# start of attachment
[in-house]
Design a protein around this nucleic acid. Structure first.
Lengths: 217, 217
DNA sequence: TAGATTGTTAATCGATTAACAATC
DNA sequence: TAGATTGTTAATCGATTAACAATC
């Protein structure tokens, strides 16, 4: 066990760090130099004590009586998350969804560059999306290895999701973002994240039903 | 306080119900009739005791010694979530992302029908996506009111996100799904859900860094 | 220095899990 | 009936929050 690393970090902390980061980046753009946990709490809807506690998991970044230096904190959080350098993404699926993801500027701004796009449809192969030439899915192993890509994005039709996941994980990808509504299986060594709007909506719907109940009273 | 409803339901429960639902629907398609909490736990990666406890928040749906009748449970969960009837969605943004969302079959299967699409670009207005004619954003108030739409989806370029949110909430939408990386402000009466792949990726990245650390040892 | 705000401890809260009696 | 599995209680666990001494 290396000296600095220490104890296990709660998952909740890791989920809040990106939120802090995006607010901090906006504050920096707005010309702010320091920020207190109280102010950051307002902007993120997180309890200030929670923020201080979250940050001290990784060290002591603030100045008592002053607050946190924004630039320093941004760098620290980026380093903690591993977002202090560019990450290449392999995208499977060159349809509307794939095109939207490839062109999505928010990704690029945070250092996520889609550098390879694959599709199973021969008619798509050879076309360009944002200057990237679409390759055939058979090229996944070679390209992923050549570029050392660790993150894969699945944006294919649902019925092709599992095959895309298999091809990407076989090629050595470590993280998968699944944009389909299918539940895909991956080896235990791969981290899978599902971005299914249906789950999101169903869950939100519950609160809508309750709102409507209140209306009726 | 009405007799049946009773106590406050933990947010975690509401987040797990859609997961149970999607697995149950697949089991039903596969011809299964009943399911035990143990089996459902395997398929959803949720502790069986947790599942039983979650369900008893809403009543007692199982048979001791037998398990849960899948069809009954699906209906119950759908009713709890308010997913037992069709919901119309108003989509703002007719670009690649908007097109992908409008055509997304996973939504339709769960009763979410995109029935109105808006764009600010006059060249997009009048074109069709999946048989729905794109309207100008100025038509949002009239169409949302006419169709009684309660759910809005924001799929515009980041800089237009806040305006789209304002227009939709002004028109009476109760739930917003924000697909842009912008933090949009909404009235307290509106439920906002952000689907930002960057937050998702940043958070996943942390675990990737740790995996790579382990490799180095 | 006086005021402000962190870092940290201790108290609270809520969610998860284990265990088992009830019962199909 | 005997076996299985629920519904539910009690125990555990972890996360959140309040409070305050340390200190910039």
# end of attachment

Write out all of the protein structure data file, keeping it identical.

[in-house]
Design a protein around this nucleic acid. Structure first.
Lengths: 217, 217
DNA sequence: TAGATTGTTAATCGATTAACAATC
DNA sequence: TAGATTGTTAATCGATTAACAATC
């Protein structure tokens, strides 16, 4: 066990760090130099004590009586998350969804560059999306290895999701973002994240039903 | 306080119900009739005791010694979530992302029908996506009111996100799904859900860094 | 220095899990 | 009936929050 690393970090902390980061980046753009946990709490809807506690998991970044230096904190959080350098993404699926993801500027701004796009449809192969030439899915192993890509994005039709996941994980990808509504299986060594709007909506719907109940009273 | 409803339901429960639902629907398609909490736990990666406890928040749906009748449970969960009837969605943004969302079959299967699409670009207005004619954003108030739409989806370029949110909430939408990386402000009466792949990726990245650390040892 | 705000401890809260009696 | 599995209680666990001494 290396000296600095220490104890296990709660998952909740890791989920809040990106939120802090995006607010901090906006504050920096707005010309702010320091920020207190109280102010950051307002902007993120997180309890200030929670923020201080979250940050001290990784060290002591603030100045008592002053607050946190924004630039320093941004760098620290980026380093903690591993977002202090560019990450290449392999995208499977060159349809509307794939095109939207490839062109999505928010990704690029945070250092996520889609550098390879694959599709199973021969008619798509050879076309360009944002200057990237679409390759055939058979090229996944070679390209992923050549570029050392660790993150894969699945944006294919649902019925092709599992095959895309298999091809990407076989090629050595470590993280998968699944944009389909299918539940895909991956080896235990791969981290899978599902971005299914249906789950999101169903869950939100519950609160809508309750709102409507209140209306009726 | 009405007799049946009773106590406050933990947010975690509401987040797990859609997961149970999607697995149950697949089991039903596969011809299964009943399911035990143990089996459902395997398929959803949720502790069986947790599942039983979650369900008893809403009543007692199982048979001791037998398990849960899948069809009954699906209906119950759908009713709890308010997913037992069709919901119309108003989509703002007719670009690649908007097109992908409008055509997304996973939504339709769960009763979410995109029935109105808006764009600010006059060249997009009048074109069709999946048989729905794109309207100008100025038509949002009239169409949302006419169709009684309660759910809005924001799929515009980041800089237009806040305006789209304002227009939709002004028109009476109760739930917003924000697909842009912008933090949009909404009235307290509106439920906002952000689907930002960057937050998702940043958070996943942390675990990737740790995996790579382990490799180095 | 006086005021402000962190870092940290201790108290609270809520969610998860284990265990088992009830019962199909 | 005997076996299985629920519904539910009690125990555990972890996360959140309040409070305050340390200190910039």